The Pharmaceutical industry: A challenge worth the investment

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Egypt today is a growing, energetic, vibrant society, brimming with ambition and permeated with opportunity. Such opportunity is particularly visible in healthcare and pharmaceuticals; currently one of Egypt›s best performing sectors. With a growing population and market, the next few years promise high returns for investment in the sector

Egypt is still a virgin market for any healthcare project, however, with the current market growth the pharmaceutical market is on the cusp of a major boom. The success story and progress in treating Hepatitis C despite the enduring challenges posed by infectious diseases in Egypt is remarkable. There are certainly adequate grounds for fighting the diseases to be made a national priority. The level of the government›s commitment to fighting Hepatitis C is very strong, in fact it’s the president›s highest healthcare priority; he has been involved in several initiatives himself. The primary public treatment initiative is run by the National Committee for the Control of Viral Hepatitis, and in mid 2016, 180,000 patients were being treated by the national programme each year, with an additional 30,000 treated by the Health Insurance Organisation.

The Ministry of Health’s goal was to reduce the cost of treatment for hepatitis C as much as possible, and improve the accessibility of private treatment. As a result, prices of generic Sofosbuvir fell drastically in the retail market at the start of 2016. Demand for anti-virals such as Sovaldi and generic Sofosbuvir have skyrocketed so much that according to October Pharma Ahmed Zaghloul, «roughly four of the 5.5 percent [retail pharma market] growth [in 2015] was realized by antivirals such as Sofosbuvir, used to treat Hepatitis C. The success made in fighting Hepatitis C represents a remarkable achievement; it calls for a similar approach towards healthcare regarding other non-communicable diseases, like hypertension and diabetes.

However the Industry faces challenges regarding the pricingof its products. Egypt›s General Authority of Foreign investment states that pharmaceutical prices are based on a cost-plus formula managed by the Ministry of Health that guarantees positive returns to the companies operating in Egypt. However, the industry complains that 90% of its raw materials are imported, and after devaluation these costs have practically doubled, furthermore companies do not have access to currency to pay suppliers which leads to holding production and accordingly shortages in the market. On the other hand, the current energy subsidy cuts have also lead to an increase in the production costs as well, factors that represent confrontations with the government for price increases.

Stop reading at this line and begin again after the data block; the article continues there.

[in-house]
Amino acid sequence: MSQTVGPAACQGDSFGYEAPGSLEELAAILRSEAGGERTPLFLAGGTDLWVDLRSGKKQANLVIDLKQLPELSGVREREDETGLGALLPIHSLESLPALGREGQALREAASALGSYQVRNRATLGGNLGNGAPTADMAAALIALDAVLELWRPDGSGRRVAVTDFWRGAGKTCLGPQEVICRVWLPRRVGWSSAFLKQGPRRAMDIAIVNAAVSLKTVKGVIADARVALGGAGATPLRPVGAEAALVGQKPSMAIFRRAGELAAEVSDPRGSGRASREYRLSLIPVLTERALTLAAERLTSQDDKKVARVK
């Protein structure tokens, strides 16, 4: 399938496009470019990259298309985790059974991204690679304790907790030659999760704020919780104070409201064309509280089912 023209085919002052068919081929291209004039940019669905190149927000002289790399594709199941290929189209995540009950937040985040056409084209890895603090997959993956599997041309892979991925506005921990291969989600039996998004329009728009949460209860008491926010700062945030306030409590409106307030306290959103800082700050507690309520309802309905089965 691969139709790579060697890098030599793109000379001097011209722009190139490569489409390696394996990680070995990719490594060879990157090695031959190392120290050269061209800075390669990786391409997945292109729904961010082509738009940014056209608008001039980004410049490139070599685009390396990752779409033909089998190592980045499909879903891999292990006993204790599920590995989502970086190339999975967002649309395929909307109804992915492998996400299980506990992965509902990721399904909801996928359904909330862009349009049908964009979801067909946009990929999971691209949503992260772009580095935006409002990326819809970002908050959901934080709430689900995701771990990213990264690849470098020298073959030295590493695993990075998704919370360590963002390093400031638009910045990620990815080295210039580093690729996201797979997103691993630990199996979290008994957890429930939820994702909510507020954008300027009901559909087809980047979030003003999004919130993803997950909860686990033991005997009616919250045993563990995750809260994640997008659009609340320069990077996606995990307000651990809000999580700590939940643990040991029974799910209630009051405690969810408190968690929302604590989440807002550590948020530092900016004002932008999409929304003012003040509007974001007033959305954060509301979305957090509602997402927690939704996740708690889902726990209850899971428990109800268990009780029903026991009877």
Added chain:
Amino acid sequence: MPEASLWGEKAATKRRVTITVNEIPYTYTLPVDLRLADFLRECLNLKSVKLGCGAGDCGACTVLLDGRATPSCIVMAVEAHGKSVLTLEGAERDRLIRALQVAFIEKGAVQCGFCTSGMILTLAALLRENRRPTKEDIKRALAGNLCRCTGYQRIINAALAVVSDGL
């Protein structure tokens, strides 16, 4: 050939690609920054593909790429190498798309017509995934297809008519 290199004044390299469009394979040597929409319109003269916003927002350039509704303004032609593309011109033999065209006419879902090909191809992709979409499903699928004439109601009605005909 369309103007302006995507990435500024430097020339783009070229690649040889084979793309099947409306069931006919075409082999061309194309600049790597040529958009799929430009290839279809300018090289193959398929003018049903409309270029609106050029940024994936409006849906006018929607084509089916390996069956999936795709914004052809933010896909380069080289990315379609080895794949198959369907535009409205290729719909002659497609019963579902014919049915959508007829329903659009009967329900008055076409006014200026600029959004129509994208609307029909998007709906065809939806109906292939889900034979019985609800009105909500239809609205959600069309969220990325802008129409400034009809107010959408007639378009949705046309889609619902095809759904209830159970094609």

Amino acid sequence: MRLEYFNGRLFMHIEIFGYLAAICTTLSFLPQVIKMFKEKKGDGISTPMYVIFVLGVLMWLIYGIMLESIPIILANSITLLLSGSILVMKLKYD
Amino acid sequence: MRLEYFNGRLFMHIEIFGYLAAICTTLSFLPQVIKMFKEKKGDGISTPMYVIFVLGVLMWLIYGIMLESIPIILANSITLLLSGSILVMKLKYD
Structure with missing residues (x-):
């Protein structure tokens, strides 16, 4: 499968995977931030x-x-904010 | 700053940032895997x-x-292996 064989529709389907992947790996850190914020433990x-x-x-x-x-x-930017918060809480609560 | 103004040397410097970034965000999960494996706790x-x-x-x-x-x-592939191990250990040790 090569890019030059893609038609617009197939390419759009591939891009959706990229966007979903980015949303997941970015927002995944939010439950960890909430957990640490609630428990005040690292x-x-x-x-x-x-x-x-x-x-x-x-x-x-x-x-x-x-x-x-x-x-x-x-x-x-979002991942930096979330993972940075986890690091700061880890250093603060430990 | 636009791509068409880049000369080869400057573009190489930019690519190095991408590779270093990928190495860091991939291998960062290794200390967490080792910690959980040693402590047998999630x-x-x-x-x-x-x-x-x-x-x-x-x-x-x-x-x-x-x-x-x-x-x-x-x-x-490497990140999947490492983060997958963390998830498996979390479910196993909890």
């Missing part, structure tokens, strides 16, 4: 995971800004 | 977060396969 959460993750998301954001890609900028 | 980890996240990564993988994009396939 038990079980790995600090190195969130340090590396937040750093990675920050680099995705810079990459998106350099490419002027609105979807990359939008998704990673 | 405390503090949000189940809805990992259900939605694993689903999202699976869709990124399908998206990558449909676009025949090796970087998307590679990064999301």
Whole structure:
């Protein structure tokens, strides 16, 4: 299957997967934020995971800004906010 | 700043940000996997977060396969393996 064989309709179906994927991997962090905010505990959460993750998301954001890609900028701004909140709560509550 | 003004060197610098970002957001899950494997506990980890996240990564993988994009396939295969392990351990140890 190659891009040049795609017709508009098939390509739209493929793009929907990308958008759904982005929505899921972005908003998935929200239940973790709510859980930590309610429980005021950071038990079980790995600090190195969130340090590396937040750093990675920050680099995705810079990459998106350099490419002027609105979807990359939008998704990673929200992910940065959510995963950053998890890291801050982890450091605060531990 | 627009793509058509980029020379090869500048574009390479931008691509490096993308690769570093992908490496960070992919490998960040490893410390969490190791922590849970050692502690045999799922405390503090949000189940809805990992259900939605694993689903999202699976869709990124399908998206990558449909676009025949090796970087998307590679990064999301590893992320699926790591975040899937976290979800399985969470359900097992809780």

The government›s strong stance of not increasing the costs of life-saving medicine to the population is serious, however, industrialists say that this not only impedes profitability from domestic sales, but limits potential revenue from exports as prices listed on the international market are tied to domestic prices.. An estimate exports figure of $220m in 2015, could have been closer to $2bn based on actual costs incurred. Accordingly, if domestic prices will be considered subsidised, while the Ministry issues certificates that closely reflects the actual costs for exports, then there is potential for a solution. The industrialists requested that the Central Bank sets aside a greater portion of foreign currency to cover the company›s imports of raw materials to avoid a shortage of supply in the market.

In January 2017, and after months of negotiations the government raised prices of a number of medicines, and eased the pass of the industry towards development. The Egyptian pharmaceutical industry has abundant excess production capacity and can easily produce pharmaceuticals for the export market at competitive prices. Egyptian pharmaceutical manufacturers remain both domestically and regionally competitive by increasing their level of technical sophistication and upstream operations. Several companies have recently taken steps to increase their technical capabilities via major equipment investments and technology transfers, along with a general reform and development of their administrative facilities to continue their success.

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